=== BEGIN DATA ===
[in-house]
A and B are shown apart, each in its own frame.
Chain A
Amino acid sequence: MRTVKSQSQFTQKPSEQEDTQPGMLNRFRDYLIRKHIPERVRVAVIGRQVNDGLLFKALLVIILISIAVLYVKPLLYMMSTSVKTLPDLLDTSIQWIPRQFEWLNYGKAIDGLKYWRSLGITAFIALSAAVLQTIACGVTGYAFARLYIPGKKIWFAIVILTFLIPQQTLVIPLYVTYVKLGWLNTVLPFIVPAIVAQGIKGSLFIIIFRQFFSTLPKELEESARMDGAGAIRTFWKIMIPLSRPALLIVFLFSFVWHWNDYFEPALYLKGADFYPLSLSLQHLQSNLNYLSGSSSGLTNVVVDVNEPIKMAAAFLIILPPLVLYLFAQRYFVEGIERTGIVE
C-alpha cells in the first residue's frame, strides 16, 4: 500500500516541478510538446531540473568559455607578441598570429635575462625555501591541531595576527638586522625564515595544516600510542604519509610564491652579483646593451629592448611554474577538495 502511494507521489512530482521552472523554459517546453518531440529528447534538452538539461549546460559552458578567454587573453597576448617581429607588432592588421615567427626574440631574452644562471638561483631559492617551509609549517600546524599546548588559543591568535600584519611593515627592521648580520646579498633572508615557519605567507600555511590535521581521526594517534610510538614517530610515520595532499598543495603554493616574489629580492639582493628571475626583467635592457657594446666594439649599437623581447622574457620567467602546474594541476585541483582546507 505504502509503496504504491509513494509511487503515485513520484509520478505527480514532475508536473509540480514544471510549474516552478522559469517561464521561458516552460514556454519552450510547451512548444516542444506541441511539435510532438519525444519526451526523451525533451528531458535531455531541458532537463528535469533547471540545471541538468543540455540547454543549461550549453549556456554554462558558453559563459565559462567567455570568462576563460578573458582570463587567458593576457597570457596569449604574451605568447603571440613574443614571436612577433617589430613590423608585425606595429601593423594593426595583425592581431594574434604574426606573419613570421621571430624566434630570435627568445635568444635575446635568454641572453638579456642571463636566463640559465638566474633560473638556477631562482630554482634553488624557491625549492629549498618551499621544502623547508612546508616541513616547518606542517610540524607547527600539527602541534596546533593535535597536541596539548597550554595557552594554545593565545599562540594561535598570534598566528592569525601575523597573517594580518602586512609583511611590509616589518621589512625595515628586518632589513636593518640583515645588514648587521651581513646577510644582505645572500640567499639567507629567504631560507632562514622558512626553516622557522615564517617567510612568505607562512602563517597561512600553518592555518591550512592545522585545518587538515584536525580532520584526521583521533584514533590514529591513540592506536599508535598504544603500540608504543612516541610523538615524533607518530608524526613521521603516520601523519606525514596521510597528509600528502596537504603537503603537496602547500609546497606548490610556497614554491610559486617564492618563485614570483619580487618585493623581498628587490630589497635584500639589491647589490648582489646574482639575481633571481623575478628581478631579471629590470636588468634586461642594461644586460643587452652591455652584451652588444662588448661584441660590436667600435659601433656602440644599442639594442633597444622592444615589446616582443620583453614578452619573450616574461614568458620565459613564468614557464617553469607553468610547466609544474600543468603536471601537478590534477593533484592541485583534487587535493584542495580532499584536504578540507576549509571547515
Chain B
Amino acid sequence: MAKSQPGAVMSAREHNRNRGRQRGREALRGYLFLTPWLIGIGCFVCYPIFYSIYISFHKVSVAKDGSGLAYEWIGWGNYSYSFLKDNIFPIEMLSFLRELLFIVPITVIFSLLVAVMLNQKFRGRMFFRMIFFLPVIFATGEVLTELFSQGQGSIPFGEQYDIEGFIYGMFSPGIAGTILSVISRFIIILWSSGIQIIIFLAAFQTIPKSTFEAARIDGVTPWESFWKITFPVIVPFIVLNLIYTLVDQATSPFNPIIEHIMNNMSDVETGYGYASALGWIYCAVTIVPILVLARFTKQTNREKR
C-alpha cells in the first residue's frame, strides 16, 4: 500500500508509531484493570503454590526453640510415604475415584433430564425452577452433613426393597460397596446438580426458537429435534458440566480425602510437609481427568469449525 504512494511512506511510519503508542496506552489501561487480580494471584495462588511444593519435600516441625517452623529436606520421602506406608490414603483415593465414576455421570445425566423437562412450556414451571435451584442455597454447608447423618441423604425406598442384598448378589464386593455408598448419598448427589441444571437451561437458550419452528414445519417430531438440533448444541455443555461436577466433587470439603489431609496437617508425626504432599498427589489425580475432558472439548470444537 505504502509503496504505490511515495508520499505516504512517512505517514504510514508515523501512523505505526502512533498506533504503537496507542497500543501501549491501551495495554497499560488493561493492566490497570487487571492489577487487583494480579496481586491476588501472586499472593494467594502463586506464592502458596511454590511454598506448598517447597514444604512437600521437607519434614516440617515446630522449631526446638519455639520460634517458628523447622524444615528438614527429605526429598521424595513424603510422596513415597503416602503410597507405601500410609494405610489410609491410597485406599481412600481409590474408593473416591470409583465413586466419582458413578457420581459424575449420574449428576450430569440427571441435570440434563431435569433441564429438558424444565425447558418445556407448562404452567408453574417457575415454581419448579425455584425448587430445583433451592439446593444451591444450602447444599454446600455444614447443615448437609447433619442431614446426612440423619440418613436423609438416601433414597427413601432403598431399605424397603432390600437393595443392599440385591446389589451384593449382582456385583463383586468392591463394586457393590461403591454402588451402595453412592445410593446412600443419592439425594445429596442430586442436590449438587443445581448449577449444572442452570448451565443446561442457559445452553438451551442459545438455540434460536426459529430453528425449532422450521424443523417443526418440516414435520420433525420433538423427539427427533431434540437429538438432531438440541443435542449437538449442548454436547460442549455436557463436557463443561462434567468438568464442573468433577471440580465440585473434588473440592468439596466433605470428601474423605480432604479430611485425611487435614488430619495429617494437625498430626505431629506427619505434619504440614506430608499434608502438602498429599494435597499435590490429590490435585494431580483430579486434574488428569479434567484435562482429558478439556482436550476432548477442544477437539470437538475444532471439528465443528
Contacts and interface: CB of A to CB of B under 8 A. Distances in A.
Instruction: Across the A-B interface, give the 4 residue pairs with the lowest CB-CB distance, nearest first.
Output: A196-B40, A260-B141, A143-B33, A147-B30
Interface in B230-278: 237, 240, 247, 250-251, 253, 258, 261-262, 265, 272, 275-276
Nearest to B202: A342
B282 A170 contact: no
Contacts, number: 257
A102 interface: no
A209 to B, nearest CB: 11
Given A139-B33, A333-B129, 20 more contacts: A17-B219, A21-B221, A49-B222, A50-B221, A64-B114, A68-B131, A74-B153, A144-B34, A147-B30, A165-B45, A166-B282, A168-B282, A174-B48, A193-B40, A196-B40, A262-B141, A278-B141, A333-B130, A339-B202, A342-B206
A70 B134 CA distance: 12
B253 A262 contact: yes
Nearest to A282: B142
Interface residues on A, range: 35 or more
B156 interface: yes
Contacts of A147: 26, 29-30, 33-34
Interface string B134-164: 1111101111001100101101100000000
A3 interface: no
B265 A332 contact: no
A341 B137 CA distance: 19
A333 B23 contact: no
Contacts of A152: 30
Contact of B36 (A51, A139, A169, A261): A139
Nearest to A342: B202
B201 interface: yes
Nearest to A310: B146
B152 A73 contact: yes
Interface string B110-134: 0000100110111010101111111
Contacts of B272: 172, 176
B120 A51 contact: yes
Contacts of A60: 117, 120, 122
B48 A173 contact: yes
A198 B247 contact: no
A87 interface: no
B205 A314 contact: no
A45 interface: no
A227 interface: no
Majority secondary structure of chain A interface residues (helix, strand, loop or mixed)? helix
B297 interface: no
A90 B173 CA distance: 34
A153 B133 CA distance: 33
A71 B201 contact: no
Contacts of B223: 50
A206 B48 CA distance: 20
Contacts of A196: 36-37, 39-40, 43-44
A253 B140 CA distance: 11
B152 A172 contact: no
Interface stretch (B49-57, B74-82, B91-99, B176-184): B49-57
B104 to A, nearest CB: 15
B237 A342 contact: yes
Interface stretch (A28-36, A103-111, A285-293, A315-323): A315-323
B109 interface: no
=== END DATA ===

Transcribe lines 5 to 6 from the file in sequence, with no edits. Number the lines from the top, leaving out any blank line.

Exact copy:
C-alpha cells in the first residue's frame, strides 16, 4: 500500500516541478510538446531540473568559455607578441598570429635575462625555501591541531595576527638586522625564515595544516600510542604519509610564491652579483646593451629592448611554474577538495 502511494507521489512530482521552472523554459517546453518531440529528447534538452538539461549546460559552458578567454587573453597576448617581429607588432592588421615567427626574440631574452644562471638561483631559492617551509609549517600546524599546548588559543591568535600584519611593515627592521648580520646579498633572508615557519605567507600555511590535521581521526594517534610510538614517530610515520595532499598543495603554493616574489629580492639582493628571475626583467635592457657594446666594439649599437623581447622574457620567467602546474594541476585541483582546507 505504502509503496504504491509513494509511487503515485513520484509520478505527480514532475508536473509540480514544471510549474516552478522559469517561464521561458516552460514556454519552450510547451512548444516542444506541441511539435510532438519525444519526451526523451525533451528531458535531455531541458532537463528535469533547471540545471541538468543540455540547454543549461550549453549556456554554462558558453559563459565559462567567455570568462576563460578573458582570463587567458593576457597570457596569449604574451605568447603571440613574443614571436612577433617589430613590423608585425606595429601593423594593426595583425592581431594574434604574426606573419613570421621571430624566434630570435627568445635568444635575446635568454641572453638579456642571463636566463640559465638566474633560473638556477631562482630554482634553488624557491625549492629549498618551499621544502623547508612546508616541513616547518606542517610540524607547527600539527602541534596546533593535535597536541596539548597550554595557552594554545593565545599562540594561535598570534598566528592569525601575523597573517594580518602586512609583511611590509616589518621589512625595515628586518632589513636593518640583515645588514648587521651581513646577510644582505645572500640567499639567507629567504631560507632562514622558512626553516622557522615564517617567510612568505607562512602563517597561512600553518592555518591550512592545522585545518587538515584536525580532520584526521583521533584514533590514529591513540592506536599508535598504544603500540608504543612516541610523538615524533607518530608524526613521521603516520601523519606525514596521510597528509600528502596537504603537503603537496602547500609546497606548490610556497614554491610559486617564492618563485614570483619580487618585493623581498628587490630589497635584500639589491647589490648582489646574482639575481633571481623575478628581478631579471629590470636588468634586461642594461644586460643587452652591455652584451652588444662588448661584441660590436667600435659601433656602440644599442639594442633597444622592444615589446616582443620583453614578452619573450616574461614568458620565459613564468614557464617553469607553468610547466609544474600543468603536471601537478590534477593533484592541485583534487587535493584542495580532499584536504578540507576549509571547515
Chain B